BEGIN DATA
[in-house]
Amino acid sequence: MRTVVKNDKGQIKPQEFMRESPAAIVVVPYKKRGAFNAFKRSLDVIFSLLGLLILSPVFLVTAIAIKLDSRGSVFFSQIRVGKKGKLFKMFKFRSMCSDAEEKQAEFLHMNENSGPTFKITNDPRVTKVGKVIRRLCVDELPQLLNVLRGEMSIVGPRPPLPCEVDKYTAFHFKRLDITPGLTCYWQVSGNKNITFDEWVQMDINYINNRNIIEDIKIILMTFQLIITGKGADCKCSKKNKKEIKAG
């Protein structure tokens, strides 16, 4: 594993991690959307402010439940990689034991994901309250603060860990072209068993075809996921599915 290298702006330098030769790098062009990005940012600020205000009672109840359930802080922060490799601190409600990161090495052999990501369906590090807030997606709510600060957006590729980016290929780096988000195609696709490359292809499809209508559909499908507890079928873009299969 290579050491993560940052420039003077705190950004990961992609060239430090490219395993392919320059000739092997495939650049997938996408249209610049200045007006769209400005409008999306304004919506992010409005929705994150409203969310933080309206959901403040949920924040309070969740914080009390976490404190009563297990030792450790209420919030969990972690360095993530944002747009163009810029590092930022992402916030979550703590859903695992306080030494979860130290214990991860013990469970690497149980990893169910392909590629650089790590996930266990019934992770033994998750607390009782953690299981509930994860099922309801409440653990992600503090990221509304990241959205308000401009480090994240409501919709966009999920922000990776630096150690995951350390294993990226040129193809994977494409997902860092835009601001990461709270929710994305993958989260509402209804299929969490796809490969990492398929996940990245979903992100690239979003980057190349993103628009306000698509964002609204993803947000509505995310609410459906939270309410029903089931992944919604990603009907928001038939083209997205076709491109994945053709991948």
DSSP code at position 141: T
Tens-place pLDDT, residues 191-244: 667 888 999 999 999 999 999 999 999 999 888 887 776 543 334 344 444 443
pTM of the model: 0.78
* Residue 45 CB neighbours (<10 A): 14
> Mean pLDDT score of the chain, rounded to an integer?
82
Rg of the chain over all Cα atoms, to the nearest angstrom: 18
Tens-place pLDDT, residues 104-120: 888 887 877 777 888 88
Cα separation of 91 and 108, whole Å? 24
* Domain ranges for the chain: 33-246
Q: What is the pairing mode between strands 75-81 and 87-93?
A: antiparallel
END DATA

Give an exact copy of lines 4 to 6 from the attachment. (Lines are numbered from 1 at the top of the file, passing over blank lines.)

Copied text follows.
DSSP code at position 141: T
Tens-place pLDDT, residues 191-244: 667 888 999 999 999 999 999 999 999 999 888 887 776 543 334 344 444 443
pTM of the model: 0.78